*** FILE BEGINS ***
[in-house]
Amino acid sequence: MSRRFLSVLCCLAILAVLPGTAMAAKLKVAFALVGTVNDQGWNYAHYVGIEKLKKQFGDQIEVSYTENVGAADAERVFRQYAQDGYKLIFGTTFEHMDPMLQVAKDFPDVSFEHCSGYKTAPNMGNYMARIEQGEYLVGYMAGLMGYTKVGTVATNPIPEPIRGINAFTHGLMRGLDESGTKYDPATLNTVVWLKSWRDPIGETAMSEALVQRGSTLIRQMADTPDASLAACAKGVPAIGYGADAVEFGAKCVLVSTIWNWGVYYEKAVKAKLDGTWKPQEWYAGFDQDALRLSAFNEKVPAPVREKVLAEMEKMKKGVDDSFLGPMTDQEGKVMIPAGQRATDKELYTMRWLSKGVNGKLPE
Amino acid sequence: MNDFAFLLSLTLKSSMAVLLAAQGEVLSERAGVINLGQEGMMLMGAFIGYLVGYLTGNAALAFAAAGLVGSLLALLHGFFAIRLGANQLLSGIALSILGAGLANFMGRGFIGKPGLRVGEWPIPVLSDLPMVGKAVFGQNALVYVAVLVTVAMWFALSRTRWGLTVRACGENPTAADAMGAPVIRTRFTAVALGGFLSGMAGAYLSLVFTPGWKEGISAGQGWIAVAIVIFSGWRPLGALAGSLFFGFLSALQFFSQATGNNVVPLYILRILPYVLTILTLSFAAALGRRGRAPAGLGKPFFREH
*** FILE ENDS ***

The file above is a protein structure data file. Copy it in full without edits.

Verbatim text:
[in-house]
Amino acid sequence: MSRRFLSVLCCLAILAVLPGTAMAAKLKVAFALVGTVNDQGWNYAHYVGIEKLKKQFGDQIEVSYTENVGAADAERVFRQYAQDGYKLIFGTTFEHMDPMLQVAKDFPDVSFEHCSGYKTAPNMGNYMARIEQGEYLVGYMAGLMGYTKVGTVATNPIPEPIRGINAFTHGLMRGLDESGTKYDPATLNTVVWLKSWRDPIGETAMSEALVQRGSTLIRQMADTPDASLAACAKGVPAIGYGADAVEFGAKCVLVSTIWNWGVYYEKAVKAKLDGTWKPQEWYAGFDQDALRLSAFNEKVPAPVREKVLAEMEKMKKGVDDSFLGPMTDQEGKVMIPAGQRATDKELYTMRWLSKGVNGKLPE
Amino acid sequence: MNDFAFLLSLTLKSSMAVLLAAQGEVLSERAGVINLGQEGMMLMGAFIGYLVGYLTGNAALAFAAAGLVGSLLALLHGFFAIRLGANQLLSGIALSILGAGLANFMGRGFIGKPGLRVGEWPIPVLSDLPMVGKAVFGQNALVYVAVLVTVAMWFALSRTRWGLTVRACGENPTAADAMGAPVIRTRFTAVALGGFLSGMAGAYLSLVFTPGWKEGISAGQGWIAVAIVIFSGWRPLGALAGSLFFGFLSALQFFSQATGNNVVPLYILRILPYVLTILTLSFAAALGRRGRAPAGLGKPFFREH